May 1, 2004, Vol.4, No.9.
Two new articles every two weeks.
Bible Question? E-mail
THIS ISSUE: "Was
Cornelius Saved Before
He Was Baptized?" (see below)
and "Will the Real Jesus
ANSWERING YOUR QUESTIONS:
Was Cornelius Saved
by Tom Rainwater
He Was Baptized?
Didn't you know that Cornelius was saved before he was baptized?
That is because he received the Holy Spirit before he was baptized
(Acts 10:44-48). The only ones ever given the ability to speak
in tongues like this were those who were already saved.
ANSWER: Hello! Thanks
for writing us.
Your claim that Cornelius the Gentile was saved before water
baptism is inconsistent with the text of Acts 10 and 11. You've
left out some important facts, friend. Please reread it again
and answer this:
(a) An angel told Cornelius that Peter "will tell
you words by which you and all your household will be saved."
(Acts 11:13-14). The angel said Simon Peter will "tell you
what you must do." (Acts 10:6). Cornelius and his household
were ready to hear Peter's commands (Acts 10:33).
(b) The only thing Peter commanded them to do was to be
baptized. (Acts 2:47-48).
(c) Therefore, when Cornelius did what Peter said and
was baptized, he was saved.
You assume without providing proof that only the saved
were ever given the ability to speak in tongues (i.e., speak
in languages they had not previously learned). Should I remind
you of Balaam's donkey which God gave the ability to speak in
a human tongue (Numbers 22:28-30), or do you believe it is counted
among the saved?
But let's, for the sake of argument, assume you are
correct in saying that whatever followed Cornelius' reception
of the Spirit is unnecessary for salvation. If that is the case,
not only is baptism eliminated from the plan of salvation, then
so is faith. Peter said, "And as I began to speak, the Holy
Spirit fell upon them...." (Acts 11:15). According to the
apostle, the Spirit came on the Gentiles at the beginning
of his sermon. This was before he finished providing proofs
that Jesus is Lord. This was before Cornelius and company came
to believe in Jesus. Notice that Peter doesn't mention belief
in Jesus until the very end of the sermon:
"To Him all the prophets witness that, through His
name, whoever believes in Him will receive remission of sins."
Consider the consequences of your position in regard to Christians:
(a) If only Christians received the Spirit,
(b) and Cornelius received the Spirit as Peter began
to speak (Acts 11:15),
(c) then, people could become Christians without believing
Friend, are you prepared to say faith is unnecessary for salvation?
Or will you give up your argument?
Now consider this:
(a) If Peter's words and commands were necessary toward
Cornelius' salvation (Acts 10:6; 11:13-14),
(b) and Cornelius received the Spirit before Peter detailed
the evidences concerning Christ and gave a command to Cornelius,
(c) then Cornelius received the Spirit before his salvation.
It should be obvious that the receiving of the Spirit and
the speaking in tongues were not indications of a person's salvation.
It is also interesting to notice that in the case of the twelve
men at Ephesus (Acts 19:1-7), they received the Spirit and spoke
in tongues after they were baptized in water. That's different
from the order upon which your position depends.
Now we must ask: Why was the Spirit given to Cornelius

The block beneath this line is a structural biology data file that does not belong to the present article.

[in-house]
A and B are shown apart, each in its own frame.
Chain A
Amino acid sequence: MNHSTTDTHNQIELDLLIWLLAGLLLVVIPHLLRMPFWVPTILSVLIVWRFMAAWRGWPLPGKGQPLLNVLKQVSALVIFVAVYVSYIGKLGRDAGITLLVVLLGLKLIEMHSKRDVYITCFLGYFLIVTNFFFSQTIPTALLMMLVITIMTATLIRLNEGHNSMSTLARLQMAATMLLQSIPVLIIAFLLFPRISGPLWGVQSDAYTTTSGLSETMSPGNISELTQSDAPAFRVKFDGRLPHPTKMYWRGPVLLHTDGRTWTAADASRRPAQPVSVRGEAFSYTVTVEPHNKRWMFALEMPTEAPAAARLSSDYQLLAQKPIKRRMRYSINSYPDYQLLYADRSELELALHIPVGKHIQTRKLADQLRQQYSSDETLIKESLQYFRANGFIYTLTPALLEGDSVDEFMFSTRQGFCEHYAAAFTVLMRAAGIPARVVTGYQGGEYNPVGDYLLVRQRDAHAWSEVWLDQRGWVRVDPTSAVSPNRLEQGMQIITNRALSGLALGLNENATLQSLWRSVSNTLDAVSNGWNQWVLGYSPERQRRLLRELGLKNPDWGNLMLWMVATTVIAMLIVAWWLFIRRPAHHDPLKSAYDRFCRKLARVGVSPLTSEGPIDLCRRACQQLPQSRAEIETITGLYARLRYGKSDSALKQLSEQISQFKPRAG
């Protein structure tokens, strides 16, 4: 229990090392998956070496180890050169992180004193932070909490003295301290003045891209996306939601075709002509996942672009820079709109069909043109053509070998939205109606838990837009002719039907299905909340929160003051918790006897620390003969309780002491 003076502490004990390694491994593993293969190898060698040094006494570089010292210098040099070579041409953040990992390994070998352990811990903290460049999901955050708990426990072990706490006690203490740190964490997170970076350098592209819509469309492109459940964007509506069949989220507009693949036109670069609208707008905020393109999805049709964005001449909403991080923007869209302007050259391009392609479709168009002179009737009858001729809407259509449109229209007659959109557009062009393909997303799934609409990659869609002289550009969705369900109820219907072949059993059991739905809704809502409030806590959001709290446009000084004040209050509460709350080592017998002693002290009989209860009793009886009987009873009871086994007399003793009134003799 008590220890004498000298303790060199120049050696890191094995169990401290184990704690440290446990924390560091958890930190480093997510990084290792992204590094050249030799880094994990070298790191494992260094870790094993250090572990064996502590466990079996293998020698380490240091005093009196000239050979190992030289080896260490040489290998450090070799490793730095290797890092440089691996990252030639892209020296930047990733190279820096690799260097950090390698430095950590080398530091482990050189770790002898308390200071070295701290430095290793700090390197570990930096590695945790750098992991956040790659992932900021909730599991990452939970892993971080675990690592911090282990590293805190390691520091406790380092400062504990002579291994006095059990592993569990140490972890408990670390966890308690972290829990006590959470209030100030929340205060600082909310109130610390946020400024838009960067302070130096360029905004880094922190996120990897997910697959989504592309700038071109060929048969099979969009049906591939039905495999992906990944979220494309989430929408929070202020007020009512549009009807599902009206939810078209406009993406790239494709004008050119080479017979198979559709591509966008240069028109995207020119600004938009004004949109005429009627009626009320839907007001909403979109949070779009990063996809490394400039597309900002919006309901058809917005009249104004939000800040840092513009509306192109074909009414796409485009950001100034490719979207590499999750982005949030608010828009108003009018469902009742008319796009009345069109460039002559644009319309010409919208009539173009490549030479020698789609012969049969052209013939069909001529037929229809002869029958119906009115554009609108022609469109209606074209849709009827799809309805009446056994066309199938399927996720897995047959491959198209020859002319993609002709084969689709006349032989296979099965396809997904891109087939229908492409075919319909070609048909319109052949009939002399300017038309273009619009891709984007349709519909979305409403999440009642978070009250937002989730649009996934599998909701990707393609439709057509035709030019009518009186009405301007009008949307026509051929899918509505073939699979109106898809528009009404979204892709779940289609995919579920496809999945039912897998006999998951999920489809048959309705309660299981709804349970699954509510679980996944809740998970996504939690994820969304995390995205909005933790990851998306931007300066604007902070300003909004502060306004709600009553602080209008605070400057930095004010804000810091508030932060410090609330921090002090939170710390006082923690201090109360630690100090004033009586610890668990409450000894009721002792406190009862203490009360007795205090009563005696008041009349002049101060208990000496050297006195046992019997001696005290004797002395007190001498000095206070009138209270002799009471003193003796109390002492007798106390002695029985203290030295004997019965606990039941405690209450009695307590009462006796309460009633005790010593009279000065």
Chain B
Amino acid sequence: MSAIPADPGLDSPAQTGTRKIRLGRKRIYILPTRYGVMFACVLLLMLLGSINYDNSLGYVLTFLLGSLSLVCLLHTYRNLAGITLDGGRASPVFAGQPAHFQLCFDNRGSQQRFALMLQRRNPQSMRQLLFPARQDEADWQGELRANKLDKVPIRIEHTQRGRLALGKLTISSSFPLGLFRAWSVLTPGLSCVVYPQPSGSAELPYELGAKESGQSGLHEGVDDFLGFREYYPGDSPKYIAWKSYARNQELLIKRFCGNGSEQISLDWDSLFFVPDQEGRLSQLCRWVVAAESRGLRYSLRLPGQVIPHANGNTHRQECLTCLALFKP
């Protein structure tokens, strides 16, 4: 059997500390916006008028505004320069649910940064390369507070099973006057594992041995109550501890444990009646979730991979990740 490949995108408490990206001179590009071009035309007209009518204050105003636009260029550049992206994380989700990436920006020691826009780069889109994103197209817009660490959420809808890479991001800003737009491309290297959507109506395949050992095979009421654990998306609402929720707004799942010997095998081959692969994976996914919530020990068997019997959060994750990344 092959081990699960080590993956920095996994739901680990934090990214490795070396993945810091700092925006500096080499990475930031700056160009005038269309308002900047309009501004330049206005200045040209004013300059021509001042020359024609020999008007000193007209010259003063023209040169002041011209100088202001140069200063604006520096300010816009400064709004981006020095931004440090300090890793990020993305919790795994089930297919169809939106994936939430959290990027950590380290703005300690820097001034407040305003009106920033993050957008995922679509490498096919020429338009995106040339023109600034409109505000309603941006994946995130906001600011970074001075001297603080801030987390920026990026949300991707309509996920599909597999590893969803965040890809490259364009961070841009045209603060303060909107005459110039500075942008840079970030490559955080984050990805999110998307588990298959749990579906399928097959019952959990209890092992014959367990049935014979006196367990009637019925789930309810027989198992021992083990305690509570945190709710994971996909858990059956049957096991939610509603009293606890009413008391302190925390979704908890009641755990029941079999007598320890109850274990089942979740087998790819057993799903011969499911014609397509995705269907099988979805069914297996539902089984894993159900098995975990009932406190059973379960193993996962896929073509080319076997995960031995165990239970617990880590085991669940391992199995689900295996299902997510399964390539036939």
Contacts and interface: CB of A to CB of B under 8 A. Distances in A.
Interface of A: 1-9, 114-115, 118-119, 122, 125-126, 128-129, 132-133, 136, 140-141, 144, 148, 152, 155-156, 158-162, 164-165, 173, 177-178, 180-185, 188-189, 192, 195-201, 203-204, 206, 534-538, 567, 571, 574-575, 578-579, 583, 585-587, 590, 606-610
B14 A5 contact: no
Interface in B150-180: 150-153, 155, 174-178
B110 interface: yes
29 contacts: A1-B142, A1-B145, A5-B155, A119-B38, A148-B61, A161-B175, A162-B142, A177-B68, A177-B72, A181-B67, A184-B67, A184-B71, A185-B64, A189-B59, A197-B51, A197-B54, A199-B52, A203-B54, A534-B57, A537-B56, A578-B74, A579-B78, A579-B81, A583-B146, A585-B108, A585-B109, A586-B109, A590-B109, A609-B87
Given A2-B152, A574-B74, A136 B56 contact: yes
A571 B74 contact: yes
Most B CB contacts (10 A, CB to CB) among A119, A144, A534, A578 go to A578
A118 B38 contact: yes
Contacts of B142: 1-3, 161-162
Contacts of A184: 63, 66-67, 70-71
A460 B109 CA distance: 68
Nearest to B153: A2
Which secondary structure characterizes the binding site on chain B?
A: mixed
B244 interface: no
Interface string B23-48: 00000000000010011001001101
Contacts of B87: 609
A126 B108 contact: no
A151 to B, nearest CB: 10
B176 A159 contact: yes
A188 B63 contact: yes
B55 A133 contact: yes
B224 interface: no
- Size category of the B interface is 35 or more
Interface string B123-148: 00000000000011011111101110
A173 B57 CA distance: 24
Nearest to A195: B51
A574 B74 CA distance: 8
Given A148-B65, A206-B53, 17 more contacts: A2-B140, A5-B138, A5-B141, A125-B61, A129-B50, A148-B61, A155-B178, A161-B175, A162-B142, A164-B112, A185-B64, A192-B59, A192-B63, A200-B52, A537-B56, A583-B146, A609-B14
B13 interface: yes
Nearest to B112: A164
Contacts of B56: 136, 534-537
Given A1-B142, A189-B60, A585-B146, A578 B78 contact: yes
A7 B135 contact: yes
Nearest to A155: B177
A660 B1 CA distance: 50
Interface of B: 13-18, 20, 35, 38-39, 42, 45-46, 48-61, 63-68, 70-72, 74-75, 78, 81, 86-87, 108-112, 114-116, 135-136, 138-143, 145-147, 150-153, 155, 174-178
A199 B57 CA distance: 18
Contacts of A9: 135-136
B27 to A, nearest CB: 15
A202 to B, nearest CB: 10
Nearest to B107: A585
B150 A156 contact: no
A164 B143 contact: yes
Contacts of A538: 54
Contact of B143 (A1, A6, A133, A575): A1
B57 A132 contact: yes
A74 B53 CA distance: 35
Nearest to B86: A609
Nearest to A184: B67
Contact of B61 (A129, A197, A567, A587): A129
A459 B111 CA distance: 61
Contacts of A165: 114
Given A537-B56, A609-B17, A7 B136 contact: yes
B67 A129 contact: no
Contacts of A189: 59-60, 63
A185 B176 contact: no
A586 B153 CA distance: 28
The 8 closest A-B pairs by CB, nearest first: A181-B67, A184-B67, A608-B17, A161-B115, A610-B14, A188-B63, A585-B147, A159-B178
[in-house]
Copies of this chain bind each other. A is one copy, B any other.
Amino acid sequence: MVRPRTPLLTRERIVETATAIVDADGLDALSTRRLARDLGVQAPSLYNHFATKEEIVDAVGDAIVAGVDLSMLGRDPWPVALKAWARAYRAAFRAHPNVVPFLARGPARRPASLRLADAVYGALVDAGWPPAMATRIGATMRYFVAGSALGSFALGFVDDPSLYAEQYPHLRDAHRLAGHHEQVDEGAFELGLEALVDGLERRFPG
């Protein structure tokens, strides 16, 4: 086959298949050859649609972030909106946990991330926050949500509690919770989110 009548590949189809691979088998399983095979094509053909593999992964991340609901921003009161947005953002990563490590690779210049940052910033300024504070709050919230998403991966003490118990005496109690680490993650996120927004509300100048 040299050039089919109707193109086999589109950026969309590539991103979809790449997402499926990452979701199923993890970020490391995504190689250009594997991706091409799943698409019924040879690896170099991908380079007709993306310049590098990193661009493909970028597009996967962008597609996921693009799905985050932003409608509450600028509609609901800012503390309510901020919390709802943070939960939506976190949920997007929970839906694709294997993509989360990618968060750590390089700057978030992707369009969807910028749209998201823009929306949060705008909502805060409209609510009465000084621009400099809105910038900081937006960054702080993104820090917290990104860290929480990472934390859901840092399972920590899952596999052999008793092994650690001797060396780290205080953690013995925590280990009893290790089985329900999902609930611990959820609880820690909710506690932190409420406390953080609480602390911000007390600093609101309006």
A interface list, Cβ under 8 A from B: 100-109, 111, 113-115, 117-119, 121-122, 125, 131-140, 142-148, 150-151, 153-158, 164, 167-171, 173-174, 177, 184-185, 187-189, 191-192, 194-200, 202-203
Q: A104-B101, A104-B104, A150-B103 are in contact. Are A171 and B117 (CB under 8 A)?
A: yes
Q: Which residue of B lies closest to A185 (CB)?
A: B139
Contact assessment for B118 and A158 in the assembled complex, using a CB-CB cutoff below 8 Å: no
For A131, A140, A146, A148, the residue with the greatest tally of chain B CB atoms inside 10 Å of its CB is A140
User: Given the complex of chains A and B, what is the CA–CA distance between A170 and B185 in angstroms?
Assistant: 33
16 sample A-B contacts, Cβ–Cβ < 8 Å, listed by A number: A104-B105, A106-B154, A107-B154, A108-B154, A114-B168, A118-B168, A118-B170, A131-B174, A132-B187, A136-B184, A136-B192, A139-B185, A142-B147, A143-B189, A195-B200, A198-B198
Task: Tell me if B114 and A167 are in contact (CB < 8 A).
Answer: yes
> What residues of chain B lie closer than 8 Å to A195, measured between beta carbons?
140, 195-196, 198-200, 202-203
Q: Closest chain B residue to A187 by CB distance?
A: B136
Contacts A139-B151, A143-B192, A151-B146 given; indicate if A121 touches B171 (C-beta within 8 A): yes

and the other Gentiles to enable them to miraculously speak in
tongues? God's purpose in this was to show the Jews who were
present that He wanted Gentiles to be taught the same plan of
salvation as they. First, God had to convince Peter in a vision
to even have contact with the Gentiles (Acts 10:9-16,24-29; 11:4-10).
As we noticed earlier, it was when Peter began to speak that
the Spirit fell upon the Gentiles. This would have timed nicely
with Peter's beginning words as he realizes:
"In truth I perceive that God shows no partiality.
But in every nation whoever fears Him and works righteousness
is accepted by Him." (Acts 10:34-35).
What a demonstration to the Jews! Those with Peter were "astonished...because
the gift of the Holy Spirit had been poured out on the Gentiles
also." (Acts 10:45). After his sermon and after contining
to listen to these Gentiles "speak in tongues and magnify
God," Peter said to his Jewish brethren:
"Can anyone forbid water, that these should not be
baptized who have received the Holy Spirit just as we have?"
Peter understood clearly what God wanted Him to do next: Command
the Gentiles to be baptized (Acts 10:48). None of the Jews present
who had witnessed these things dared dispute this conclusion.
Peter knew he must do what God wanted and not "stand in
God's way" (Acts 11:17, NASB).
When Peter later told about this event to other Jews, their
immediate reaction was stunned silence, then praise. They rightly
concluded: "God has also granted to the Gentiles repentance
to life." (Acts 11:18). So then, the purpose for pouring
the Spirit on Cornelius and company was to convince the Jewish
Chrisitans beyond doubt that Gentiles should be taught the same
plan of salvation; and when the Gentiles obeyed, they would be
saved and have life, too. Jews and Gentiles could now be equals
in God's kingdom.
Friend, this passage in Acts doesn't teach that water baptism
is unnecessary for salvation. It teaches the very opposite. It
clearly and loudly affirms the essentiality of baptism. Baptism
is a command God wants both believing Jews and Gentiles to hear.
~ ~ ~
"And he commanded them to be baptized in the name
of the Lord." (Acts 10:48).
"...Repent, and let every one of you be baptized in
the name of Jesus Christ for the remission of sins..."